UVU First Lady’s Event Highlights Women’s Access To Higher Education
May 2, 2013
For Immediate Release
University Marketing & Communications: Mike Rigert
Written by: Heather Wrigley
Utah Valley University first lady Paige Holland convened female leaders from the area and the state on May 1 to highlight the ways UVU offers access to higher education to women. More than 325 community-minded women, including honorary hosts Kimberly Brown, Sheri Dew, Barbara Barrington Jones, Jacalyn Leavitt and Sharon Lee, attended the second annual First Lady’s Leadership Spring Luncheon at Riverside Country Club in Provo, Utah.
“Education opens the door for women to improve their lives and the lives of their children and families. When our families thrive, our communities flourish — economically and socially,” stated Anne Wairepo, director of the Women’s Success Center at UVU.
Participants were also treated to an update on the expansion of the Wee Care Center child care facility, for which ground was broken in January. The center’s new facility was made possible by a $2 million contribution from Barrington Jones and donations from over 100 other community members. The expansion provides more student parents access to affordable child care so they can attend classes and complete their degrees. The new Wee Care Center, anticipated to be finished later this year, includes seven classrooms, a lobby area with reception and check-in spaces, a kitchen, multi-purpose area and two age-appropriate playgrounds.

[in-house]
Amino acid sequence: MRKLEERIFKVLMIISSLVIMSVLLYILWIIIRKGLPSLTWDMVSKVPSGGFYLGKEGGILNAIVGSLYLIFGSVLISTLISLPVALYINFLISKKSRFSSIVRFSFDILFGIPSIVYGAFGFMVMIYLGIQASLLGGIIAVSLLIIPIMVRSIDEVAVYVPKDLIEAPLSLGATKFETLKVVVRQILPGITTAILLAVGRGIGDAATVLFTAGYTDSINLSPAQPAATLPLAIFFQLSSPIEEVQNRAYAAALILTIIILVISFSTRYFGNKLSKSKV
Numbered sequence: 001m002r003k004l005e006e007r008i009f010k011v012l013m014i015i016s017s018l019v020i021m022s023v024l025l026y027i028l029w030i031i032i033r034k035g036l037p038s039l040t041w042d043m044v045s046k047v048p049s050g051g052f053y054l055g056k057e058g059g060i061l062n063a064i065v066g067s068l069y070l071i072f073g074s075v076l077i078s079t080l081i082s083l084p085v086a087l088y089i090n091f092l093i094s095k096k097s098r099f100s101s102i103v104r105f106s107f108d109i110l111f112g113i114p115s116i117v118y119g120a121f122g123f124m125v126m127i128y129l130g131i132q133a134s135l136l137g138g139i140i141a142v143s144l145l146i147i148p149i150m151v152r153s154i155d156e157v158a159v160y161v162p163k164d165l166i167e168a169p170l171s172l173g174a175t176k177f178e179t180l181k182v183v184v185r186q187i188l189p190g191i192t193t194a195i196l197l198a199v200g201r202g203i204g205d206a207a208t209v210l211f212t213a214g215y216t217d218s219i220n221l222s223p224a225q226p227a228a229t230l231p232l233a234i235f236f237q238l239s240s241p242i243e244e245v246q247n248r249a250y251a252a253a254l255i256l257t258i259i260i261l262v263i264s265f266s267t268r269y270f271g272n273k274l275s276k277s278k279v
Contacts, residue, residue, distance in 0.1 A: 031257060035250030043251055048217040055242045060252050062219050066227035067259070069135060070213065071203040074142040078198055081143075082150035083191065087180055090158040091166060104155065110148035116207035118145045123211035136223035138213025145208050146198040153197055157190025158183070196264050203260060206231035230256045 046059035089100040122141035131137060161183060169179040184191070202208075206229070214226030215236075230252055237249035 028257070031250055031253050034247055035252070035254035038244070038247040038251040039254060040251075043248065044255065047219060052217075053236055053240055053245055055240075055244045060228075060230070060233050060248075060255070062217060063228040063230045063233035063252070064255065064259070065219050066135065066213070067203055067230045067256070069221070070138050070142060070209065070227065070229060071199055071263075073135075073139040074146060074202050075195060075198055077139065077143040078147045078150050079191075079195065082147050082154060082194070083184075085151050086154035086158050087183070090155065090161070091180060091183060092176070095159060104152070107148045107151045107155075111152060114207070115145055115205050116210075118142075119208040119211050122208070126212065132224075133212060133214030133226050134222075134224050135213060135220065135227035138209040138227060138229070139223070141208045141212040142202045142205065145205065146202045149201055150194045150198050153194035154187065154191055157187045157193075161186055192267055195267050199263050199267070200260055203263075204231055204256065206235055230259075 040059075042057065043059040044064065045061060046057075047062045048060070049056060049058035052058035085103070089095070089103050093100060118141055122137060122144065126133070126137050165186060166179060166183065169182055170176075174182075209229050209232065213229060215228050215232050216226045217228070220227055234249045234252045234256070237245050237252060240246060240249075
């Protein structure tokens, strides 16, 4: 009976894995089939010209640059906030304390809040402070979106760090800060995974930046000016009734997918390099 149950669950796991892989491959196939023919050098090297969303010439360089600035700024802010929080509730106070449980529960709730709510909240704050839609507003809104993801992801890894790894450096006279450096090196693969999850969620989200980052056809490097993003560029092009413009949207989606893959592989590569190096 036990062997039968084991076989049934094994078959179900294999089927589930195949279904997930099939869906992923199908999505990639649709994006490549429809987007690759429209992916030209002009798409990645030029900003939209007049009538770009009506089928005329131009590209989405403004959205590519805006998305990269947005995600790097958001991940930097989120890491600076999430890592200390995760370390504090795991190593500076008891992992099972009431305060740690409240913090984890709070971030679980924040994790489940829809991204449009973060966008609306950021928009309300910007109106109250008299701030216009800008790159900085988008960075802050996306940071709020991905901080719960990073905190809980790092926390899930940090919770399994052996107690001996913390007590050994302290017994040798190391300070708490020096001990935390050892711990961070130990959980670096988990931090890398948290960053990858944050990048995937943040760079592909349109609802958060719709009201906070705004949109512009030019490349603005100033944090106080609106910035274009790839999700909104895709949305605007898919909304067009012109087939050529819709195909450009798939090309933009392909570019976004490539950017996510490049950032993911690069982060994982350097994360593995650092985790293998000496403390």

President Matthew S. Holland took the stand briefly to express gratitude to those who have supported the new Wee Care Center and to everyone who has expressed interest in becoming volunteers and mentors at the UVU Women’s Success Center.
“We believed in this community,” President Holland said. “We believed if we came out and said we needed help, you would help, and you did. Think of what it will mean for these children and their children and their children.”
Extending increased higher education access and opportunities to women has been a top priority for Holland since becoming UVU’s sixth president in 2009. The need to help more women receive a higher education was demonstrated in part by the 2010-2011 statewide research of Susan Madsen, a UVU professor of management with the Woodbury School of Business and the Orin R. Woodbury Professorship in Leadership and Ethics. Madsen’s Utah Women and Education Project sought to explain why Utah has the lowest percentage of female postsecondary students in the nation.
Now, even more opportunities are open to those who wish to support women’s success at UVU, including opportunities to mentor female students and through contributions to the Women’s Success Center Scholarship Fund and the Wee Care Center expansion project. These programs support President Holland’s goal to prepare women of all backgrounds for meaningful lifework in their homes, workplaces, communities and elsewhere.
“I am amazed at what is happening as a result of your response to this call,” President Holland said to those who attended the luncheon. “The community cannot achieve its fullest destiny … unless women are going to school and completing their degrees.”